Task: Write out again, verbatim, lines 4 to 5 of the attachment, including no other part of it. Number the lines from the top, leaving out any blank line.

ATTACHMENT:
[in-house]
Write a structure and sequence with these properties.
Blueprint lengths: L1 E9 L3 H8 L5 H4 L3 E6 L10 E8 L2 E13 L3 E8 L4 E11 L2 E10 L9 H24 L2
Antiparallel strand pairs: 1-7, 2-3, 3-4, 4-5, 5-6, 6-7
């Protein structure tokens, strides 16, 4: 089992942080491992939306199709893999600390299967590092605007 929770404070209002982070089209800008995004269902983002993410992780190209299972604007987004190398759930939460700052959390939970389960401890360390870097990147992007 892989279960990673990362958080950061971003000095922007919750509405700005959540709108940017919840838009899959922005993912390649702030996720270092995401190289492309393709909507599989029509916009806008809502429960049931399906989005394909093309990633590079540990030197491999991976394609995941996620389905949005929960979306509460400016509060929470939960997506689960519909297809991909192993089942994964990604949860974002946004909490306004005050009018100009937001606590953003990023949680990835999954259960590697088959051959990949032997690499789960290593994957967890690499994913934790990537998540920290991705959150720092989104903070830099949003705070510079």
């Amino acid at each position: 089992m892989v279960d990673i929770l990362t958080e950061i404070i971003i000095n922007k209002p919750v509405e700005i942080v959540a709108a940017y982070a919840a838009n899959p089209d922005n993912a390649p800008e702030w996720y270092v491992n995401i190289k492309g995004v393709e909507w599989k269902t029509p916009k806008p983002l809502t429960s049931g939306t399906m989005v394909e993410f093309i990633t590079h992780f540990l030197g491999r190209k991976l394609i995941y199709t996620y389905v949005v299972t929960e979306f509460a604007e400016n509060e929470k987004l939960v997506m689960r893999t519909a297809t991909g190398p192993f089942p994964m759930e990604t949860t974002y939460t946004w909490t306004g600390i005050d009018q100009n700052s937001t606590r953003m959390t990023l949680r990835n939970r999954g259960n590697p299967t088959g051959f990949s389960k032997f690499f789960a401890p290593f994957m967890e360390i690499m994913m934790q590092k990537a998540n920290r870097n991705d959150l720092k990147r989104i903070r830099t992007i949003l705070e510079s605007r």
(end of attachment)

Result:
Antiparallel strand pairs: 1-7, 2-3, 3-4, 4-5, 5-6, 6-7
């Protein structure tokens, strides 16, 4: 089992942080491992939306199709893999600390299967590092605007 929770404070209002982070089209800008995004269902983002993410992780190209299972604007987004190398759930939460700052959390939970389960401890360390870097990147992007 892989279960990673990362958080950061971003000095922007919750509405700005959540709108940017919840838009899959922005993912390649702030996720270092995401190289492309393709909507599989029509916009806008809502429960049931399906989005394909093309990633590079540990030197491999991976394609995941996620389905949005929960979306509460400016509060929470939960997506689960519909297809991909192993089942994964990604949860974002946004909490306004005050009018100009937001606590953003990023949680990835999954259960590697088959051959990949032997690499789960290593994957967890690499994913934790990537998540920290991705959150720092989104903070830099949003705070510079």